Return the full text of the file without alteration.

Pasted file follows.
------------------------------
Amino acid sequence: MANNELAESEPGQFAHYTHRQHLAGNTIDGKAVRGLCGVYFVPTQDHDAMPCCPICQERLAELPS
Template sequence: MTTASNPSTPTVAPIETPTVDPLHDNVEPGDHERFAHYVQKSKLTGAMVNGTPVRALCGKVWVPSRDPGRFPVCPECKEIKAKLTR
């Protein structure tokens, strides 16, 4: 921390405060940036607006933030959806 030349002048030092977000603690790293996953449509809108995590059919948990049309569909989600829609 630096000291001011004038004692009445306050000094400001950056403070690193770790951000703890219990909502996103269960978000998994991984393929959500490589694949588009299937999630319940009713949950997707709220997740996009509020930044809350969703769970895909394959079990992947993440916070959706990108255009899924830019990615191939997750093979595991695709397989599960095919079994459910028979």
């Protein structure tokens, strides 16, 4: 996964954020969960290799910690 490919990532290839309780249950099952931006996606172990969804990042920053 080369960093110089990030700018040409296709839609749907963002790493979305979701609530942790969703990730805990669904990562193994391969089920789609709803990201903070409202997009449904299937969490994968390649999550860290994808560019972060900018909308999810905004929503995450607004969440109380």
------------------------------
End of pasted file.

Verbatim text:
Amino acid sequence: MANNELAESEPGQFAHYTHRQHLAGNTIDGKAVRGLCGVYFVPTQDHDAMPCCPICQERLAELPS
Template sequence: MTTASNPSTPTVAPIETPTVDPLHDNVEPGDHERFAHYVQKSKLTGAMVNGTPVRALCGKVWVPSRDPGRFPVCPECKEIKAKLTR
């Protein structure tokens, strides 16, 4: 921390405060940036607006933030959806 030349002048030092977000603690790293996953449509809108995590059919948990049309569909989600829609 630096000291001011004038004692009445306050000094400001950056403070690193770790951000703890219990909502996103269960978000998994991984393929959500490589694949588009299937999630319940009713949950997707709220997740996009509020930044809350969703769970895909394959079990992947993440916070959706990108255009899924830019990615191939997750093979595991695709397989599960095919079994459910028979």
């Protein structure tokens, strides 16, 4: 996964954020969960290799910690 490919990532290839309780249950099952931006996606172990969804990042920053 080369960093110089990030700018040409296709839609749907963002790493979305979701609530942790969703990730805990669904990562193994391969089920789609709803990201903070409202997009449904299937969490994968390649999550860290994808560019972060900018909308999810905004929503995450607004969440109380």